My original coach?  He lasted two seasons and when I moved on from him it was time, he served his purpose and he enabled me to take enough action with his assistance to advance forward. It is safe to say that I needed a bigger bowl to swim in and someone to teach me how to swim faster (literally and figuratively).

Would I hire him today?  Not in a million years, wouldn’t be a great fit and I’m now far too arrogant to listen to what he has to say.  Once you have lost confidence in your coach than it is time to move forward and move on.

Don’t be a pussy about it, regardless of what side you are on.  I’ve had athletes I thought the world of as people and friends but knew that I could either no longer serve their needs or knew that they had already far exceeded their natural abilities and wanted more than I could provide.

I was fired by a world champion (I was the athlete and he was the coach) once and it was crushing.  Try being an aspiring young athlete and have a guy who has risen to the pinnacle tell you that “not only haven’t you got what it takes, but I don’t want to waste my time messing with you.”.  I’d hire my first coach back before I used that guy again.

I also swore to god I would never, not once treat another athlete (or person) that way.  Lesson learned, albeit an expensive one.  Today I am fine and have recovered from the experience, I would suspect he is too.  I bet he hasn’t once thought about it, I obviously have never let it go.  Ha!

The best coach I ever had? I’ve had two exceptional coaches.

The first would be Jim whom I met on a message board as I was looking for a roommate to shack up for during a big race weekend and he let me share his digs at the booked out resort.  I don’t know if I ever retained him nearly so much for his services as a coach as much as a mentor and friend in life.  He brought me through a brutal divorce, a couple nasty injuries and had me start treating it like a business.  We don’t talk nearly enough anymore and I was certainly one of his worst athletes.  He taught me more about the sport than he could possibly imagine.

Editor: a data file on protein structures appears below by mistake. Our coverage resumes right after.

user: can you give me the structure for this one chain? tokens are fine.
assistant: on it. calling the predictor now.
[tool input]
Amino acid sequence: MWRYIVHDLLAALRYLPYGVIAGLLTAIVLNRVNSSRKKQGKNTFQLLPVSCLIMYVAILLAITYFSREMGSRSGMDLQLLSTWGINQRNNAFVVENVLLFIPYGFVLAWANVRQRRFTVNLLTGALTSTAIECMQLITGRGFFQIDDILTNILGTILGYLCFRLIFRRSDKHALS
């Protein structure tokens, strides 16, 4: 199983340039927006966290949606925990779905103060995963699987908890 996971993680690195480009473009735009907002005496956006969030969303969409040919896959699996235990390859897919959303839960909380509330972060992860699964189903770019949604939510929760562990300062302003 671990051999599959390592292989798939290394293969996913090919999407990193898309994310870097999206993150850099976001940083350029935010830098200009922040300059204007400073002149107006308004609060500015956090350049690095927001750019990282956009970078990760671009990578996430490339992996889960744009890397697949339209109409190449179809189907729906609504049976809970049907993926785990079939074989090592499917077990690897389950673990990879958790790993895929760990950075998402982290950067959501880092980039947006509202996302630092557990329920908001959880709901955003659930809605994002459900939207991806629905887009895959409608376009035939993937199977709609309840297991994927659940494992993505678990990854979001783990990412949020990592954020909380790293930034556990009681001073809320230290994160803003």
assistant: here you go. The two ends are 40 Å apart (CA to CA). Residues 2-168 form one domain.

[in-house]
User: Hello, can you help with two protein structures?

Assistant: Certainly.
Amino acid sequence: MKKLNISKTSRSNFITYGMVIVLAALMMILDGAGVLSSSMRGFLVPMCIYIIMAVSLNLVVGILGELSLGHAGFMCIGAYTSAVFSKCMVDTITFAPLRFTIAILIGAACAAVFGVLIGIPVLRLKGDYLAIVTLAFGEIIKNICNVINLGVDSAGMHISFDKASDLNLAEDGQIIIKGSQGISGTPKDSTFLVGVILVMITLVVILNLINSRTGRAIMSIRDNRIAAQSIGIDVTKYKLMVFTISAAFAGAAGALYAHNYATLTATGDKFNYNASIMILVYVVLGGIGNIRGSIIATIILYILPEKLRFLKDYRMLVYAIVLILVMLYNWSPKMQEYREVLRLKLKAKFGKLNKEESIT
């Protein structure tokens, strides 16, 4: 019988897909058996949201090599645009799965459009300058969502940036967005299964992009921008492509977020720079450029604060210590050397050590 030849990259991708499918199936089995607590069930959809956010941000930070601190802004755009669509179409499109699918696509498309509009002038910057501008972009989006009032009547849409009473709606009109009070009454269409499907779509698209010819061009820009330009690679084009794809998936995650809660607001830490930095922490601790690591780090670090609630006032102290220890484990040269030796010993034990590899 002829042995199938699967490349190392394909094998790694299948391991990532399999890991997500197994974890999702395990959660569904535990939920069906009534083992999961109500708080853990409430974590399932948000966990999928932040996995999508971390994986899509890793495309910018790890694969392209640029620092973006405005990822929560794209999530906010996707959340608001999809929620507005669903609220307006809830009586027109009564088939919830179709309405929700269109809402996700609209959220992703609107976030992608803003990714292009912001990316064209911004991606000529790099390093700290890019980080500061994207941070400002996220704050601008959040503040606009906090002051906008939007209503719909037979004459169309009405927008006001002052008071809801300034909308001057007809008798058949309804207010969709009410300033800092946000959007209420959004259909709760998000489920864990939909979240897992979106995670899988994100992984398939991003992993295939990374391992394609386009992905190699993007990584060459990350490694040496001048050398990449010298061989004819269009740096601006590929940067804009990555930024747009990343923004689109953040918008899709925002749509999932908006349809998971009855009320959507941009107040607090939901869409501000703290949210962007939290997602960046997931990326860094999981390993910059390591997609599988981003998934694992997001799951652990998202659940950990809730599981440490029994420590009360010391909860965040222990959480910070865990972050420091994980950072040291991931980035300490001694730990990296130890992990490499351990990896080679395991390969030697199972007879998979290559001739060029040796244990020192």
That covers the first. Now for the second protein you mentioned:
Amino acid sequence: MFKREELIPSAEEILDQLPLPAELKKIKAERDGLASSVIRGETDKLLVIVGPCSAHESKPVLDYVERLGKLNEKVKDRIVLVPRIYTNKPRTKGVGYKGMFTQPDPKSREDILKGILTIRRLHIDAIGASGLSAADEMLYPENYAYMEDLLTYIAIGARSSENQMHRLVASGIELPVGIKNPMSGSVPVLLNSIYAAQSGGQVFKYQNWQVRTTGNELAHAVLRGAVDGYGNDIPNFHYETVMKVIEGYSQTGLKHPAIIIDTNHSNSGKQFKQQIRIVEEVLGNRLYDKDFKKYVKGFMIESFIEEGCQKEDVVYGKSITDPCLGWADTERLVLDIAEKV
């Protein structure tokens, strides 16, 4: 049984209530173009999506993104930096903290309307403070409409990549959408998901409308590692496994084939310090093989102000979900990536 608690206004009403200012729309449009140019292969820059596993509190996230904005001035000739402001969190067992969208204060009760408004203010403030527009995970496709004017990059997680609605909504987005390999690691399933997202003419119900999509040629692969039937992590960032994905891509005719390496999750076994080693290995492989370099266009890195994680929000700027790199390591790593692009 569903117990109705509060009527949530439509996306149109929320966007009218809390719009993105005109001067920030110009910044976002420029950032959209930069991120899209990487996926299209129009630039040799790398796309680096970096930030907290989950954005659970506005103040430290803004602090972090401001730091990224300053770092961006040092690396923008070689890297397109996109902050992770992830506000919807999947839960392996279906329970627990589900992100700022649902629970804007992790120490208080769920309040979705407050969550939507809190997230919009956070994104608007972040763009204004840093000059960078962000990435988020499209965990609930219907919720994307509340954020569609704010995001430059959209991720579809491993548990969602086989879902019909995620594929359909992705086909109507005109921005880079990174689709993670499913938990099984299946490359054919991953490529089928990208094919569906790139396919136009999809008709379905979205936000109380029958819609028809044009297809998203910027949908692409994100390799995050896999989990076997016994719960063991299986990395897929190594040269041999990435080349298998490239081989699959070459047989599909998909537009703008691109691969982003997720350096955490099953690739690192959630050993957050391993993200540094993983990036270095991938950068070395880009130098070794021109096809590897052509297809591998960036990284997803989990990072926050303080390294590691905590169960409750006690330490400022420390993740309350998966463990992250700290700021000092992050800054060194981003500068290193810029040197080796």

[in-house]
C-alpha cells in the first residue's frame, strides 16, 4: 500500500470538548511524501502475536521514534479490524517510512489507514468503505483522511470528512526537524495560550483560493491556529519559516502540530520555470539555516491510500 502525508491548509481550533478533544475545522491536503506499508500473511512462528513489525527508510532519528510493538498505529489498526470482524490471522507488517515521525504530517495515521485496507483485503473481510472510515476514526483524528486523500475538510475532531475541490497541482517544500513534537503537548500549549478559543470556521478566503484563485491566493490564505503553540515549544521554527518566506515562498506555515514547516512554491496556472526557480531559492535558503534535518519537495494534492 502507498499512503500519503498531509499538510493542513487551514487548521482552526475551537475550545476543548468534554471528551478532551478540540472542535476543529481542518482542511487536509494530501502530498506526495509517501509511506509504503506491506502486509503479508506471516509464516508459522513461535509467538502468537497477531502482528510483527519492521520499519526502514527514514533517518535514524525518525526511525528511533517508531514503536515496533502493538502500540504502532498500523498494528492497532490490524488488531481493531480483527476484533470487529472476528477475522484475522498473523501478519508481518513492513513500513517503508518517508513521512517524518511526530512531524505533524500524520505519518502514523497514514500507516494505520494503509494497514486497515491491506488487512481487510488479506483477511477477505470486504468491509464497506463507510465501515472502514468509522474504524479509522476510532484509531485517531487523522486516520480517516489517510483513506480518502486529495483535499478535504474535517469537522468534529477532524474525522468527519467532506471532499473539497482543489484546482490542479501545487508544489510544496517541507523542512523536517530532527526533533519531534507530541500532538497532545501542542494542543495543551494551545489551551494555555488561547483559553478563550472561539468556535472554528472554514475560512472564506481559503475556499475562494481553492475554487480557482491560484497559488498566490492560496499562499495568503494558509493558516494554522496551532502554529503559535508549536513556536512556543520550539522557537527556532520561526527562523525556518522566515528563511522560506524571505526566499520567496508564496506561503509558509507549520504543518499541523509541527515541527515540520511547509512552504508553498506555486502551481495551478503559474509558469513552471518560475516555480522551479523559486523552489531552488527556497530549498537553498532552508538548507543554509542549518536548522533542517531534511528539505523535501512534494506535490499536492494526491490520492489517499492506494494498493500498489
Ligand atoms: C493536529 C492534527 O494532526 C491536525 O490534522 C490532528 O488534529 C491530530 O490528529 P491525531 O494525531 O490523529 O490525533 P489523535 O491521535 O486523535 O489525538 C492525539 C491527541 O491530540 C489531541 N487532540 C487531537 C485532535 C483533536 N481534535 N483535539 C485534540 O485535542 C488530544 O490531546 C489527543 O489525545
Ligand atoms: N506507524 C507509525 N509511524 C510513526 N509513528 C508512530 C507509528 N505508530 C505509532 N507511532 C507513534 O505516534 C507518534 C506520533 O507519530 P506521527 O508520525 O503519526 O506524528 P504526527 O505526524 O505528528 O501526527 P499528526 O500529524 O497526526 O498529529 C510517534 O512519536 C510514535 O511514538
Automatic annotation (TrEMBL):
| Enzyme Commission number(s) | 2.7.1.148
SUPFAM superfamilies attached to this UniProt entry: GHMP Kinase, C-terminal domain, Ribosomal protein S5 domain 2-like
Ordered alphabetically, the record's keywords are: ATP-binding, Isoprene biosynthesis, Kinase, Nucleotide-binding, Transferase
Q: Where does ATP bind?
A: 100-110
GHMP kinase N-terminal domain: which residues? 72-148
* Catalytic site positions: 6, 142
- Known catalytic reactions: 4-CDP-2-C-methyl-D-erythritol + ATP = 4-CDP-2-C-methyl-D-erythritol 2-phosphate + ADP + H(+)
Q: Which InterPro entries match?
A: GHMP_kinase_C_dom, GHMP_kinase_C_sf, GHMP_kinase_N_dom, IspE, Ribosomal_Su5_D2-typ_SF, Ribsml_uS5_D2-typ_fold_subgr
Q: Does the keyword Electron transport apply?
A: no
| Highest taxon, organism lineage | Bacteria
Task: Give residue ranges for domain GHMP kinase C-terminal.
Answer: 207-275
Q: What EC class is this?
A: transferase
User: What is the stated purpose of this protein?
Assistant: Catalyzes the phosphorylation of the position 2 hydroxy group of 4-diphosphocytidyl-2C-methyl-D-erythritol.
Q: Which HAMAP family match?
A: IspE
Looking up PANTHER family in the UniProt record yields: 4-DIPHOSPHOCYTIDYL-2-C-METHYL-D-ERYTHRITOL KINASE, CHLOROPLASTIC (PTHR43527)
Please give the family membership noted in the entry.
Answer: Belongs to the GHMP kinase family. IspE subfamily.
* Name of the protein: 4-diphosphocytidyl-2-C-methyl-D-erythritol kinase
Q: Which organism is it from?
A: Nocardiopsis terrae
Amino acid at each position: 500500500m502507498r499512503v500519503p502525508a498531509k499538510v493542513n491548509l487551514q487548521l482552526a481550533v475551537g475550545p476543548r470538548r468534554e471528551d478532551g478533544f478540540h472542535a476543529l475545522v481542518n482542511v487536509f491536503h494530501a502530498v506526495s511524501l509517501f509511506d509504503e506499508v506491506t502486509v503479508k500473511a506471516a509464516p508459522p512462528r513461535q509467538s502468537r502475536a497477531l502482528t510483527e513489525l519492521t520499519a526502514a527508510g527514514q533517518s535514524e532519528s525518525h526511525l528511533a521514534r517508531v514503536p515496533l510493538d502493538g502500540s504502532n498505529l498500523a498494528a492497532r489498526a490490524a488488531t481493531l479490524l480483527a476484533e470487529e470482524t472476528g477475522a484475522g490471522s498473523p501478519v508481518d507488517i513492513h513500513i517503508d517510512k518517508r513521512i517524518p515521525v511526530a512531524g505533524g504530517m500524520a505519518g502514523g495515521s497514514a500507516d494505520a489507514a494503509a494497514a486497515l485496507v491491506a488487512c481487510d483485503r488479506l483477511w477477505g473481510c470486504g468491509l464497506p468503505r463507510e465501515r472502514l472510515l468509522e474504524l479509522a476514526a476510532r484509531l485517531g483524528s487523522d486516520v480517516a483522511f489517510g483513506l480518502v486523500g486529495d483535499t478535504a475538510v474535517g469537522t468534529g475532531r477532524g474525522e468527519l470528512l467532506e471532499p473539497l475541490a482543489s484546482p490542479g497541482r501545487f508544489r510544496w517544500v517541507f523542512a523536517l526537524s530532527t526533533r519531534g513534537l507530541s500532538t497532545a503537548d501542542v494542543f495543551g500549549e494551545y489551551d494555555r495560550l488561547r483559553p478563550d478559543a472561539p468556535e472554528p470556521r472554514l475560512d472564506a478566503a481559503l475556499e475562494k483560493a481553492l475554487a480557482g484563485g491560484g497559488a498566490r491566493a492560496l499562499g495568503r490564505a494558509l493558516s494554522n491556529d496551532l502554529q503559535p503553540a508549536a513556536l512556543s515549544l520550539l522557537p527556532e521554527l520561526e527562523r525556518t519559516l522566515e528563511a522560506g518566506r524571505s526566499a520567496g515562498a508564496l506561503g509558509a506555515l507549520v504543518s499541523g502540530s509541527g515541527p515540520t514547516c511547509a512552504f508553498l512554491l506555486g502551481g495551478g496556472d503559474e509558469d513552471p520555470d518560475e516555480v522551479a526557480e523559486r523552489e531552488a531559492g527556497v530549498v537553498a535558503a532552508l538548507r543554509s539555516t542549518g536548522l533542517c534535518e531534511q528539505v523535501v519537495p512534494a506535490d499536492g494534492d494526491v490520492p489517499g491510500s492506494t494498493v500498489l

The other would be my boxing coach Doug.  We met when I left triathlon and thought it made the most sense to try boxing next.  I love Doug for many reasons but above most is that he didn’t give two shits about whether or not I could run off the bike.  Once you think you are super impressive at something and have surrounded yourself with enough people to sign off on it, go and try something different and with people who aren’t impressed easily.  Doug had no idea what was required to travel 140.6 miles point to point as fast as I had in triathlon.  He did know I couldn’t throw a left hook without leaving my right foot and that I was too soft to take 3 minutes of legit body blows from another gull grown man (there is some discrepancy as to whether or not I am all that full grown myself).  He taught me how to do both and a lot more, he held me accountable and got far more out of my body than I would have ever gotten out of myself otherwise.  He was the coach who made you run through a brick wall for him, even if you weren’t sure about the whole idea.

Both brought me further along than I could have ever done on my own.  They brought more out of my body than I was capable of doing on my own.

The whole point?  If it were not for the first I’d have never met the later.  It hasn’t ever been a question of whether or not any coach/teacher/mentor was able to give me what I needed rather whether or not I was ready to be taught.